The observed difference of 2.96 between the mean scores shows a statistical significance; however, no practical significance is noted. Figure 2 illustrates that the distribution for Grade 11 marks peaks with the majority of scores between 40 and 59, whereas the distribution for Grade 12 is evenly spread, having moved from the middle to the other categories. The Kolmogrov–Smirnov Test (K–S D = 0.245, p < 0.01) confirms a significant difference in distribution. It is pleasing to note that in higher intervals from 60 upwards there is clearly an improvement of marks from Grade 11 to Grade 12. In the category of 70+ there is an increase from Grade 11 to Grade 12, from 4% to 22%. Unfortunately, there also are more students who performed badly in Grade 12 compared to Grade 11: there is an increase in the under-40 intervals; in fact, there is an increase in the interval 0−39, from 14% in Grade 11 to 26% in Grade 12. Figure 3 confirms that the distribution for Grade 11 is flatter, with more results between 40 and 69, whereas the distribution for Grade 12 is more evenly spread. Table 4 and Figure 3 reflect the difference in distribution between Grade 11 and Grade 12. The relationship between the categories of marks for Grade 11 and Grade 12 is depicted in Table 4. 4Contingency table of Grade 11 and Grade 12 mathematics marks. http://pythagoras.org.za/index.php/pythagoras/article/downloadSuppFile/24/25

It is interesting to note that no learners from the 0−39 category in Grade 11 moved to the 70+ category in Grade 12, and none of the learners in the category 70 in Grade 11 moved to the 0−39 category in Grade 12. It is also noteworthy that 25% of the learners in the 40−49 category in Grade 11 moved to the 70+ category in Grade 12. The quantitative data indicated statistical significance, and it seems that there was an improvement from the Grade 11 to the Grade 12 mathematics marks in many cases. However, it became clear from the quantitative data that not all learners responded positively to the blended learning approach. Case study A school in the Uitenhage district was used as a case study. There were 20 learners in this Grade 12 mathematics class. Six of these learners participated in the 2007 ISP. For all 20 learners, their 2007 final Grade 12 mathematics marks were compared with their 2006 Grade 11 end-of-year mathematics marks. Results of the learners who were on the ISP improved, whilst those learners not on the ISP generally presented lower Grade 12 final results. To determine whether the difference was statistically significant, a Mann-Whitney U Test (z = 3.38, p = 0.001, d = 3.20) was conducted. A Cohen’s D test was conducted for practical significance. It was found that the difference in means was highly significant, since d > 0.8 reflects a large difference. The results are summarised in Table 5 and Table 6.5Case study Grade 11 and Grade 12 end-of-year marks for mathematics. http://pythagoras.org.za/index.php/pythagoras/article/downloadSuppFile/24/26

6 Case study – Difference in means of Grade 11 and Grade 12 end-of-year marks for mathematics. http://pythagoras.org.za/index.php/pythagoras/article/downloadSuppFile/24/27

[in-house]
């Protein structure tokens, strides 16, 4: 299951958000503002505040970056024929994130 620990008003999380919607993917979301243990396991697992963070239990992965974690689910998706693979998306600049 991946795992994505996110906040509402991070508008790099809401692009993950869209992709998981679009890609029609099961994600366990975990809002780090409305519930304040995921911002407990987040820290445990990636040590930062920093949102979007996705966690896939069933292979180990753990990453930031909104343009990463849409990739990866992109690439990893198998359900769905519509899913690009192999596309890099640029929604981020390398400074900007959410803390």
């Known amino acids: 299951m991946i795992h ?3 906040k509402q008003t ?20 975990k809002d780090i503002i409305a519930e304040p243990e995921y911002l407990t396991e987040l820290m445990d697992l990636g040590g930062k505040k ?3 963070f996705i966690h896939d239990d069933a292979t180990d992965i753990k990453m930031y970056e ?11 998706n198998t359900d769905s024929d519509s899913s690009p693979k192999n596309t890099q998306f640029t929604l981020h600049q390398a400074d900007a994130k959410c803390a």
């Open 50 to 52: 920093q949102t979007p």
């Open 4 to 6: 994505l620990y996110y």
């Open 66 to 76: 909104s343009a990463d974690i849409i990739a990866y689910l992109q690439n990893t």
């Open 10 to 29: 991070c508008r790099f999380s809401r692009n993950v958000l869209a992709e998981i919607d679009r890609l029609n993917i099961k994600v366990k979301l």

ConclusionThe research question addressed in this article was ‘how can a blended learning approach that incorporates DVD technology contribute to improving the quality of teaching and learning in secondary school mathematics?’ From the study it is clear that this blended approach offers a workable teaching approach with definite advantages. One of the advantages of using DVD technology within a blended approach is accessibility of the subject content and presentation outside the classroom. Qualitative results indicated that both learners’ and teachers’ experiences were largely positive, with concerns identified that offer opportunity for improvement. Most learners attributed their better understanding of mathematical concepts taught to the DVD approach that was used in conjunction with other traditional modes of delivery. Quantitative results indicated statistical significance when comparing the mean scores for Grade 11 and Grade 12 results, although not of practical value. According to Calldo and Du Plooy (2008), the percentage of students passing mathematics on higher grade declined from 7.2% in 2006 to 6.9% in 2007. In the face of declining performance in mathematics in South Africa in the 2007 matriculation examination, our results seem to suggest that the DVD approach of blended learning could in some way have contributed to the improvement in mathematics results that was noted amongst many of the ISP learners, especially the better students. It is disappointing that a large group of the borderline students did not seem to benefit from this blended learning approach. This finding is reason for concern, since these are the students that should be targeted – and the reason for this disappointing deterioration has to be investigated. The fact that the DVD technology is easily accessible and affordable supports a case that the DVD approach could also help to address the shortage of adequately qualified teachers and lack of teaching resources at previously disadvantaged schools in South Africa. Harding, Kaczynski and Wood (2005) say that in order to be successful in using blended learning, one has to not only implement learning reforms but also, importantly, evaluate these reforms, and in so doing provide students with the best possible outcomes. The ISP saw the implementation of DVD technology for the first time in 2007, and this research aimed to evaluate its value to the teaching and learning of mathematics. In order to provide learners with the best possible outcomes, ‘it is important that we continue to identify successful approaches of blended learning at institutional, programme, course and activity levels that can be adapted to work in contexts’ (Graham, 2004, p. 19). Our DVD blended learning approach still requires further development and refinement, especially with regard to the skills of facilitators within such a blended learning environment and the development of materials. These and other issues will be looked at in future research initiatives. Acknowledgements We are grateful to SASOL for the funding that supported the 2007 ISP and this research. Competing interests We declare that we have no financial or personal relationships which may have inappropriately influenced us in writing this article. Authors’ contributions H.B. was the project leader whilst H.B. and W.O. were responsible for the project design. H.B. collected the data. A.H. made conceptual contributions. P.P. performed the qualitative and statistical analysis, made conceptual contributions and wrote the manuscript. 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